Skip To Main Content

Cathy Renna

While it looked different than prior years, the Upper School honored Ally Week, hosted by the Gay Straight Alliance (GSA), in a mostly virtual format. Reflecting the importance of acceptance and understanding now more than ever, GSA President Phoebe Williams ‘22 shared the history of Ally Week and said, “The best thing for allies to do is to ask questions, make an effort to educate themselves, and listen to LGBTQ+ voices.” The community welcomed Cathy Renna who shared her work with GLAAD and the National LGBTQ Task Force, as well as her involvement in the Matthew Shepard case back in 1998. Her visit prompted many people to ask questions and wonder what they could do to better support the LGBTQ+ community. More issues related to the LGBTQ+ experience and activism were explored on Community Day (held the same week) in the film, How to Survive a Plague, which chronicles the demand for proper attention to be given to the fight against AIDS.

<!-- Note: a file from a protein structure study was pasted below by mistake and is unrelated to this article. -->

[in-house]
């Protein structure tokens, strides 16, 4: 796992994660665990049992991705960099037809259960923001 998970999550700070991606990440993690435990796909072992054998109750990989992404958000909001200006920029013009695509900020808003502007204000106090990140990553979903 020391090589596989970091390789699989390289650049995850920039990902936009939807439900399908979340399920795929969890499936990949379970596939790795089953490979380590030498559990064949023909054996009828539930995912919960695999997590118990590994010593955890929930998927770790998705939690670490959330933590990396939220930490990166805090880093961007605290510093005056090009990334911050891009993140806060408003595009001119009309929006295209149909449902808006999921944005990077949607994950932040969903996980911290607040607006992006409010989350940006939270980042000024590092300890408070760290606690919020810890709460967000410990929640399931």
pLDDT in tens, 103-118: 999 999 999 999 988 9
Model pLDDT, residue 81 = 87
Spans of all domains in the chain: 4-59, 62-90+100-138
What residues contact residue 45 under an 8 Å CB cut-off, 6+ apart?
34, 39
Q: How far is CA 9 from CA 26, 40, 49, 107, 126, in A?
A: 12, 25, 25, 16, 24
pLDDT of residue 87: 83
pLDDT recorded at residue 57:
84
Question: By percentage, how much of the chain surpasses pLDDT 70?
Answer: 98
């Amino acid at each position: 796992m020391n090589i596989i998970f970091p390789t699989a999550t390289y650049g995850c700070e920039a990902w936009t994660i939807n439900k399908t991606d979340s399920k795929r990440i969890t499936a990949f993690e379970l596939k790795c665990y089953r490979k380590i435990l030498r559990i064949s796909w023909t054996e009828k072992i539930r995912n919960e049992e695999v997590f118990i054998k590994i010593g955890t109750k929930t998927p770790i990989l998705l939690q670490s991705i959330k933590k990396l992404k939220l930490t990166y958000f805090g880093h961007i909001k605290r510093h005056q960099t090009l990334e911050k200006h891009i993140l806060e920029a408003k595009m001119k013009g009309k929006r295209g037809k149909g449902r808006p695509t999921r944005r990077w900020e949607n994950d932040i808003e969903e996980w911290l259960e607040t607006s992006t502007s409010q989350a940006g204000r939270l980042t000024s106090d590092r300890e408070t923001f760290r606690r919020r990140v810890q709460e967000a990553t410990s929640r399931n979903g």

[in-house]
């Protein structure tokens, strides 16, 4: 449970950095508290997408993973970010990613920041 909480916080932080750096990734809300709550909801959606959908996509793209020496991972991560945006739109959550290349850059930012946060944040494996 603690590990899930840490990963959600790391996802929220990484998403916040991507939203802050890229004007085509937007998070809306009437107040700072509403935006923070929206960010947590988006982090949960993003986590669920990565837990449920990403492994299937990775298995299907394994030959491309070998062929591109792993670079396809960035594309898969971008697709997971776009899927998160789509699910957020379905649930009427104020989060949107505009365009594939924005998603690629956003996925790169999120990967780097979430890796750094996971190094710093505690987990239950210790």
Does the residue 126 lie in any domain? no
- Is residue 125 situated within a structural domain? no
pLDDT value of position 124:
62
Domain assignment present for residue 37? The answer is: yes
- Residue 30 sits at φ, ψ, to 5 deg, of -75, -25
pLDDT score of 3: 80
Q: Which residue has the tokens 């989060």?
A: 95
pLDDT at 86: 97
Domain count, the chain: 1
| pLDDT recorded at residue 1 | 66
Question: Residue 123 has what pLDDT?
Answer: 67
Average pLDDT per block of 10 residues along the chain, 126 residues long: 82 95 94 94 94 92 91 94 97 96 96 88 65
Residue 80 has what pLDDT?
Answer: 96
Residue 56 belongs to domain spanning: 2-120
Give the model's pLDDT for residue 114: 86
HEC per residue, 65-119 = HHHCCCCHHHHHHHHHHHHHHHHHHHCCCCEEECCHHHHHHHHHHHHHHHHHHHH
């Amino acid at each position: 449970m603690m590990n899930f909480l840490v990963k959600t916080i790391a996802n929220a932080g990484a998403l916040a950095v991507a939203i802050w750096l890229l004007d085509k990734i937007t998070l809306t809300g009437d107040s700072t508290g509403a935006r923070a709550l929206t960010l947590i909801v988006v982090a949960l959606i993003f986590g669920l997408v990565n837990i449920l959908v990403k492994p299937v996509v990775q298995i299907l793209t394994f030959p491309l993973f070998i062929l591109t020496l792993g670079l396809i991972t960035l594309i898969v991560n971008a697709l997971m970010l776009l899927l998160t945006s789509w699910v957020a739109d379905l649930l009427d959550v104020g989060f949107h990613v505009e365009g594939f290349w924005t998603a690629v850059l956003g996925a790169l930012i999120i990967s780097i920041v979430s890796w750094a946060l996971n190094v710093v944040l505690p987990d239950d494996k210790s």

This year’s spring play will be the Laramie Project, set to premiere in MKA’s amphitheater the weekend of May 13. The play chronicles the reaction to the murder of gay University of Wyoming student Matthew Shepard in Laramie, Wyoming and was originally scheduled to air last spring, but the pandemic forced a postponement. Cathy Renna has been instrumental in helping students and faculty prepare for the production both last year and this spring.
 
An Ally Pledge of support, a staple of the week, was shared with the Upper School, but Williams reminded the school that allyship isn’t just signing the pledge: it’s upholding everything that the pledge stands for in day-to-day life, and it’s the little things that truly make a difference. Events and opportunities like this very important week lead to progress and a more inclusive community.